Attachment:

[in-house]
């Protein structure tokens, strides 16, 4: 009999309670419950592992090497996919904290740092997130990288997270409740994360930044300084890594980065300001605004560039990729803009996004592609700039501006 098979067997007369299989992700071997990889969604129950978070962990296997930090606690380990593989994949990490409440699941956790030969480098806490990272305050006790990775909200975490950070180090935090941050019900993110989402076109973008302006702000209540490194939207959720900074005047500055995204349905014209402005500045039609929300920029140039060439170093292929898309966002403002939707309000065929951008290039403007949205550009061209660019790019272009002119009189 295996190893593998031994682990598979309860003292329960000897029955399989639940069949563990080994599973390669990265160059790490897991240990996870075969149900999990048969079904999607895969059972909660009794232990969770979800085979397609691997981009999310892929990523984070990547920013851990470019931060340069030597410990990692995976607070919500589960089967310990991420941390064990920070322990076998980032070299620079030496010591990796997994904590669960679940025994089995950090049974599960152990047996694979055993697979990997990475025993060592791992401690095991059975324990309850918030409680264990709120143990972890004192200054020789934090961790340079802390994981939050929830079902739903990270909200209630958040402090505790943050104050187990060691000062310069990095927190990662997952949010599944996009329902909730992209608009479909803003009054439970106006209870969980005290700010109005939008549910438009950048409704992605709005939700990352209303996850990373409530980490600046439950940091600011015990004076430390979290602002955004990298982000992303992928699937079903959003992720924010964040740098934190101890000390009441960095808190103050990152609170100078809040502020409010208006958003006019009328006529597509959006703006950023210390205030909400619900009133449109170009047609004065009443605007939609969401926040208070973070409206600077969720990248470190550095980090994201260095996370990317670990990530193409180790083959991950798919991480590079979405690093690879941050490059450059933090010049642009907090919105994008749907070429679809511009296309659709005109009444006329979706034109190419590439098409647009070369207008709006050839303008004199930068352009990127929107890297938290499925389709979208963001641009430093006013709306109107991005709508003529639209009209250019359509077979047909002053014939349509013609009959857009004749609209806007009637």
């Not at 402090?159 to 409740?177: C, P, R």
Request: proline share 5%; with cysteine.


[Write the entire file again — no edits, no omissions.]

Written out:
[in-house]
């Protein structure tokens, strides 16, 4: 009999309670419950592992090497996919904290740092997130990288997270409740994360930044300084890594980065300001605004560039990729803009996004592609700039501006 098979067997007369299989992700071997990889969604129950978070962990296997930090606690380990593989994949990490409440699941956790030969480098806490990272305050006790990775909200975490950070180090935090941050019900993110989402076109973008302006702000209540490194939207959720900074005047500055995204349905014209402005500045039609929300920029140039060439170093292929898309966002403002939707309000065929951008290039403007949205550009061209660019790019272009002119009189 295996190893593998031994682990598979309860003292329960000897029955399989639940069949563990080994599973390669990265160059790490897991240990996870075969149900999990048969079904999607895969059972909660009794232990969770979800085979397609691997981009999310892929990523984070990547920013851990470019931060340069030597410990990692995976607070919500589960089967310990991420941390064990920070322990076998980032070299620079030496010591990796997994904590669960679940025994089995950090049974599960152990047996694979055993697979990997990475025993060592791992401690095991059975324990309850918030409680264990709120143990972890004192200054020789934090961790340079802390994981939050929830079902739903990270909200209630958040402090505790943050104050187990060691000062310069990095927190990662997952949010599944996009329902909730992209608009479909803003009054439970106006209870969980005290700010109005939008549910438009950048409704992605709005939700990352209303996850990373409530980490600046439950940091600011015990004076430390979290602002955004990298982000992303992928699937079903959003992720924010964040740098934190101890000390009441960095808190103050990152609170100078809040502020409010208006958003006019009328006529597509959006703006950023210390205030909400619900009133449109170009047609004065009443605007939609969401926040208070973070409206600077969720990248470190550095980090994201260095996370990317670990990530193409180790083959991950798919991480590079979405690093690879941050490059450059933090010049642009907090919105994008749907070429679809511009296309659709005109009444006329979706034109190419590439098409647009070369207008709006050839303008004199930068352009990127929107890297938290499925389709979208963001641009430093006013709306109107991005709508003529639209009209250019359509077979047909002053014939349509013609009959857009004749609209806007009637």
């Not at 402090?159 to 409740?177: C, P, R």
Request: proline share 5%; with cysteine.